Scalille is an Italian dessert that is usually made and served during Christmas time. Scalille in Calabrese dialect means little ladders or little stairs, and it is made of dough that is twisted a few times to create the shape of ladders. The ladder is meant to symbolize the ladder in which one may travel to heaven and be a servant to God. Because it connects heaven and earth, angels are able to travel down the ladders as well to do God’s work on earth.
The interlocutor mentioned this particular dish as a Christmas dessert that he has enjoyed throughout many holidays spent with his family, especially as he played a partially active role in the kitchen making the scalille. Both of his grandmothers have made scalille and have passed down the process to him. His knowledge of the biblical connotations of scalille originates in his Italian Catholic faith, as well as the lore surrounding the making of scalille. He regards this dessert as one of his favorite aspects of the holiday season, especially the process of making it with his family. An interesting aspect of the interlocutor’s relationship to this dessert is his strong identification with its divine implications, as he adopted a sort of reverent tone when relaying the biblical meaning behind scalille. This reverence was carried into his mentioning of making it with family members as well, which illustrates the importance of both religion and family through Italian holiday celebrations.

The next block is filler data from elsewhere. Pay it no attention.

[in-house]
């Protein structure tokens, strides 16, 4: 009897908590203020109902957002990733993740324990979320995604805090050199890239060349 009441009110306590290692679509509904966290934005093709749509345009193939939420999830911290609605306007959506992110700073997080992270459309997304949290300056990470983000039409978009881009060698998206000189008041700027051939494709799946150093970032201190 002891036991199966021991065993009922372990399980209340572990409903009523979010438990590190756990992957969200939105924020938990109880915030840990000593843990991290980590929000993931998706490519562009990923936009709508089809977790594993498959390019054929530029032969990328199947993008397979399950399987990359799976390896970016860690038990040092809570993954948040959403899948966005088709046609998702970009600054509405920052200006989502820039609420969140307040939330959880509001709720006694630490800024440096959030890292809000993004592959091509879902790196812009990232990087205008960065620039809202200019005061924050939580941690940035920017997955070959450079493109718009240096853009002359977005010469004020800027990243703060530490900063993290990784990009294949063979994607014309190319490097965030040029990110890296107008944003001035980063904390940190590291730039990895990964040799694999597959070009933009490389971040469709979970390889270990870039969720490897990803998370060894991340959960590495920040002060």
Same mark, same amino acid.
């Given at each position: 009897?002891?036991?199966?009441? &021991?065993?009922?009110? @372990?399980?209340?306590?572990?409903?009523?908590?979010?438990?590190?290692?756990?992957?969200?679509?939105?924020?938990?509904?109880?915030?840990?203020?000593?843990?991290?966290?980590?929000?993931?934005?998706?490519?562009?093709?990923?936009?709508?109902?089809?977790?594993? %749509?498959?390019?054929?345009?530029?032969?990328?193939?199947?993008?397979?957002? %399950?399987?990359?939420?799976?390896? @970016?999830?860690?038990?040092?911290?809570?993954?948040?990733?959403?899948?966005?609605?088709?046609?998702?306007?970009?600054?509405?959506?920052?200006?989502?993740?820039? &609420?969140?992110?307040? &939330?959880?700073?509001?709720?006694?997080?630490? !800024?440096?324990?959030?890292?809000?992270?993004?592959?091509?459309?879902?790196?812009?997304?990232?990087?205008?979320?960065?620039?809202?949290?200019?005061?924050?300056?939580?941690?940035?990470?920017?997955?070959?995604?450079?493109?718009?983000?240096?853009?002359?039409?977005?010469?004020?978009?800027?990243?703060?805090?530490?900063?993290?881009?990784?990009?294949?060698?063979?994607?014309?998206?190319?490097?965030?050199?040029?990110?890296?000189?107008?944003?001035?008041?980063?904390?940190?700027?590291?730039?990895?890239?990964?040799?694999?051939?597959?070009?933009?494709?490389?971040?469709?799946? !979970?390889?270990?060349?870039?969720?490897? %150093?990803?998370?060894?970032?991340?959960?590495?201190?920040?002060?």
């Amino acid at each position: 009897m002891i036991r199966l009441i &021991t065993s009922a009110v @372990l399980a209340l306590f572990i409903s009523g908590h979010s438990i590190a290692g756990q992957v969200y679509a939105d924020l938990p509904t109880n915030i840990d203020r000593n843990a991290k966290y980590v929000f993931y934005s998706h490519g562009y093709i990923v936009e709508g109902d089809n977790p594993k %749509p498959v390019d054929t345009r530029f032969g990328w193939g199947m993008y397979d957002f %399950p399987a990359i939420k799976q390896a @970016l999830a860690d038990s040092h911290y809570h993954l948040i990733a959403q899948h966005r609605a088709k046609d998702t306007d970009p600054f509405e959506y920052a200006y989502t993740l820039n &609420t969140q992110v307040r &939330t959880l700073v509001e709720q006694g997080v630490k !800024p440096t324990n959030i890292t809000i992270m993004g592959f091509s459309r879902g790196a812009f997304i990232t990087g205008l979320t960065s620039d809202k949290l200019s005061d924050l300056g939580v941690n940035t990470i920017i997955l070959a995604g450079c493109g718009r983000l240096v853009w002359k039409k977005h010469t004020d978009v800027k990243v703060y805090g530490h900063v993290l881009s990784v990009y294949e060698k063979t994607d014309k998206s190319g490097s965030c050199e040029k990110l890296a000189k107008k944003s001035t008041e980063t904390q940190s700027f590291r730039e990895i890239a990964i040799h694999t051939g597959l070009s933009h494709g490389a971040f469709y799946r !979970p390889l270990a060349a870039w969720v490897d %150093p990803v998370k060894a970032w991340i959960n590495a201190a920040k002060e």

Italian culture largely involves the influence of religion into its identity, especially during times of religious celebration due to the fact that Christianity remains a particularly dominant religion in Italy. An interpretation of the religious connotation with this dessert can assert Italian desire to connect with heaven during a special time, as well as the desire to associate oneself as a servant of God. Scalille can connect two worlds together, providing consolation and peace during a special time of the year.